Musings: NPC Is Extremely Optimistic About Natural Gas, If...
The National Petroleum Council (NPC) produced a draft report in mid September about the potential of North America's energy markets. The report titled: 'Prudent Development: Realizing the Potential of North America's Abundant Natural Gas and Oil Resources' highlights the prolific oil and gas resources available that may dramatically change the trend in domestic energy markets. Although the report has not been officially reviewed by the NPC, which reserves the right to make significant changes to the draft report's conclusions (something we are not aware the NPC has ever done with previous reports), the message is that North America could become energy self-sufficient, and possibly even an exporter of natural gas.
The message is that North America could become energy self-sufficient, and possibly even an exporter of natural gas
The report contained four conclusions about natural gas and oil and their impact on America's energy future. The conclusions were: 1) "the potential supply of North American natural gas is far bigger than was thought even a few years ago;" 2) "perhaps surprising to many – America's oil resources are also proving to be much larger than previously thought;" 3) "we need these natural gas and oil resources even as efficiency reduces energy demand and alternatives become more economically available on a large scale;" and 4) "realizing the benefits of natural gas and oil depends on environmentally responsible development." It is this latter conclusion that becomes the big "IF" in how America's and North America's energy market evolves.
The NPC study's conclusions are based on an analysis of a number of market outlooks and forecasts prepared by others. The NPC did not actually do its own analysis of the market. Based on the assimilation of all these prior studies, the report takes an extremely optimistic stand about the future for the North American natural gas market. The report begins with a review of the growth in estimates of the technically recoverable natural gas resources in the United States over the past 12 years. As shown by a chart of the estimates of the gas resource potential since 1999, it is clear that the estimates have increased since the gas shale revolution began.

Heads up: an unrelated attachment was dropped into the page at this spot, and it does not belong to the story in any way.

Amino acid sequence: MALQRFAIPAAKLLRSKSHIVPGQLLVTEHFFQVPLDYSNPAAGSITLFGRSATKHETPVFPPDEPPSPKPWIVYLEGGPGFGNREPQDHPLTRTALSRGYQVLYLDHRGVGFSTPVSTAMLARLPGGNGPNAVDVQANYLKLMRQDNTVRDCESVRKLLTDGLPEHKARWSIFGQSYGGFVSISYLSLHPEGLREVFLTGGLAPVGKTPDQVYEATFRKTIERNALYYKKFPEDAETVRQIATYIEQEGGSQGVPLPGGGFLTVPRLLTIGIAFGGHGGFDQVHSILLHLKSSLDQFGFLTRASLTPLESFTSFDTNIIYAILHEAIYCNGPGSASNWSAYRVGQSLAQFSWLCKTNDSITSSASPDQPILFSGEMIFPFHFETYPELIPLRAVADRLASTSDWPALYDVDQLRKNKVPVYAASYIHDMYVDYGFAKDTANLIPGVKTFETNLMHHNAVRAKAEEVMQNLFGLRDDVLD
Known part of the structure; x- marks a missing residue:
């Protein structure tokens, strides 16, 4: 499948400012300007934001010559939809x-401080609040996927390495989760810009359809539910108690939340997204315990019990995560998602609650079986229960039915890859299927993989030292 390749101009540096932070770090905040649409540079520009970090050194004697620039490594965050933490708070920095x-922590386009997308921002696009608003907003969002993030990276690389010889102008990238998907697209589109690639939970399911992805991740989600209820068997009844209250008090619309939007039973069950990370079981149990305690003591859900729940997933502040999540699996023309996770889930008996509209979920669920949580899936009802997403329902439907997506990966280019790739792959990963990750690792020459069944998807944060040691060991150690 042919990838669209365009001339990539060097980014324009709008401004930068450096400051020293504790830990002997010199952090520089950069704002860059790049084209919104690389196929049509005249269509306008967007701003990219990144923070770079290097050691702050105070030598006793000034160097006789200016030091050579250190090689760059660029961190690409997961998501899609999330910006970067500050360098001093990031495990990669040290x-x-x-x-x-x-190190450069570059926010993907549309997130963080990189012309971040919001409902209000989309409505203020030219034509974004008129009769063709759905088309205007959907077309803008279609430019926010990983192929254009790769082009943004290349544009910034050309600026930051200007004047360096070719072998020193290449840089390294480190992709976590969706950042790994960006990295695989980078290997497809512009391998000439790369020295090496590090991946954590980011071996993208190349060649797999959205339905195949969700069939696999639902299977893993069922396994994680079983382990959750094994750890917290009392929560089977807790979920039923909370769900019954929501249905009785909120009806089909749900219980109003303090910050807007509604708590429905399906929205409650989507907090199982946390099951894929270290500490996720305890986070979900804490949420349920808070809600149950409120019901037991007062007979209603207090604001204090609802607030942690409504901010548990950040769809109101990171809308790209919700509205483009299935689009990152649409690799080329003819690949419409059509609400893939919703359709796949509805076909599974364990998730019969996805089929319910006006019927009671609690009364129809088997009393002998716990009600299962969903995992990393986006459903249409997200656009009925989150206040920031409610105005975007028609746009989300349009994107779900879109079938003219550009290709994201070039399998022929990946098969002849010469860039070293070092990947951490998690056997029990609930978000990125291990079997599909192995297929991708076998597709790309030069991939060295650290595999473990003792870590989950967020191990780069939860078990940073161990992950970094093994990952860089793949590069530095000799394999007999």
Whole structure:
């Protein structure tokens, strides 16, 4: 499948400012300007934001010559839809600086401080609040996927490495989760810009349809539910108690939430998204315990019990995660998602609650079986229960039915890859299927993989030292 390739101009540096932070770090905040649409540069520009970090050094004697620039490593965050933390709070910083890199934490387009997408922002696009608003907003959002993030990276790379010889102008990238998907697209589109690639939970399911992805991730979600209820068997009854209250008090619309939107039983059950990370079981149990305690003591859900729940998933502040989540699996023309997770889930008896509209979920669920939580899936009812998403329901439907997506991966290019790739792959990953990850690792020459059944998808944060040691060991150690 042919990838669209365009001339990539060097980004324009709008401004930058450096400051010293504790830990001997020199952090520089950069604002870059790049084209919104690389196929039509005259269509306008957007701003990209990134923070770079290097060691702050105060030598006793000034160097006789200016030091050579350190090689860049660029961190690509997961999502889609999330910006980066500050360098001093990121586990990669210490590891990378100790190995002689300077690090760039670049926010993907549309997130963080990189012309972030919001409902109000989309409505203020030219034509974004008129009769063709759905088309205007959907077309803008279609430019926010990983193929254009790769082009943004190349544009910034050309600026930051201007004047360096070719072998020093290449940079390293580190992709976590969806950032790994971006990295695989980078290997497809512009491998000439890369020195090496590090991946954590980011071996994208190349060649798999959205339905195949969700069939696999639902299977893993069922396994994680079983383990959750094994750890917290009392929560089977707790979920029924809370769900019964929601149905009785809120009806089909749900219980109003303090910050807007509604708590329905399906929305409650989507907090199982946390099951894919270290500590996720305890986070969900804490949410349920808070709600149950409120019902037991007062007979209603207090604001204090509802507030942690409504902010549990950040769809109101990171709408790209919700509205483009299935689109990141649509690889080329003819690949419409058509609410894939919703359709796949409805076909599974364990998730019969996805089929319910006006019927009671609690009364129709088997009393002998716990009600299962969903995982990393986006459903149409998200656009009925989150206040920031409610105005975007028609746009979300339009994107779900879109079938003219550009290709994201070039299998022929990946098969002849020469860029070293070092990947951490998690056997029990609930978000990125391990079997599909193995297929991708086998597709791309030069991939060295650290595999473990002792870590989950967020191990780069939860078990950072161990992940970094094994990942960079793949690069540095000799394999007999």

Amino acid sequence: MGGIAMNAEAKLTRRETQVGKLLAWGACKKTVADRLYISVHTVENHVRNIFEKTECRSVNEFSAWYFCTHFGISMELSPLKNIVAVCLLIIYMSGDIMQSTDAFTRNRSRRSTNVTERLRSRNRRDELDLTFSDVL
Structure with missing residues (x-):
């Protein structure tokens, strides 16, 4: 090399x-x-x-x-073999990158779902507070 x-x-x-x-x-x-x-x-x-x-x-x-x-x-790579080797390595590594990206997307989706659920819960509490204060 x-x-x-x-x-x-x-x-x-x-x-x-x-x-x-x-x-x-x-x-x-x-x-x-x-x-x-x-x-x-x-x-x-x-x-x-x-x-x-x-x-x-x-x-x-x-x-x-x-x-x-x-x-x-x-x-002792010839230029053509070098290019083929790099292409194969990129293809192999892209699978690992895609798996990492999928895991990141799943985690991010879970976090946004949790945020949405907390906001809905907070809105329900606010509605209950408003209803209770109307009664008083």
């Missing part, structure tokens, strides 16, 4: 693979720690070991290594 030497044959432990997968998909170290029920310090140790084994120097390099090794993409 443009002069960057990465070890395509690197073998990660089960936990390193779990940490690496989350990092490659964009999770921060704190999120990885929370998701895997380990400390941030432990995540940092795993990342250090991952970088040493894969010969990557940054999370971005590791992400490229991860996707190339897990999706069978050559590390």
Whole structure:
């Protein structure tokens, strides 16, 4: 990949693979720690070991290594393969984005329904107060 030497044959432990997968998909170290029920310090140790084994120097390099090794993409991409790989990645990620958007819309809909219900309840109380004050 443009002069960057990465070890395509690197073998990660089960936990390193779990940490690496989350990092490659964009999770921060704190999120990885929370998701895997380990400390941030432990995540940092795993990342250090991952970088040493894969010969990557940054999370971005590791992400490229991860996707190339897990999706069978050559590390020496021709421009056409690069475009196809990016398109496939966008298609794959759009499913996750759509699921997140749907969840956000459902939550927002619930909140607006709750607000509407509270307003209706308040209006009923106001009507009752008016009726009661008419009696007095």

After going through extensive discussion and analysis of the gas shale potential, the NPC looks at future production scenarios for conventional and unconventional gas both in the United States and Canada. We have only shown the charts for the U.S. gas production outlooks. We did, however, produce the chart the NPC study prepared of the range of production outlooks for North America based on three different production scenarios in each country.
When one looks at Exhibit 4, which contains all the forecasts, there is a clear upward trend for the nearly 25-year outlook period. More
importantly, forecasted demand for natural gas is plotted against supply growth. The plot shows that sometime within the next several years North American natural gas production is likely to outpace demand, a scenario that is projected to continue to the end of the forecast period in 2035. This suggests a limit on how high natural gas prices can rise.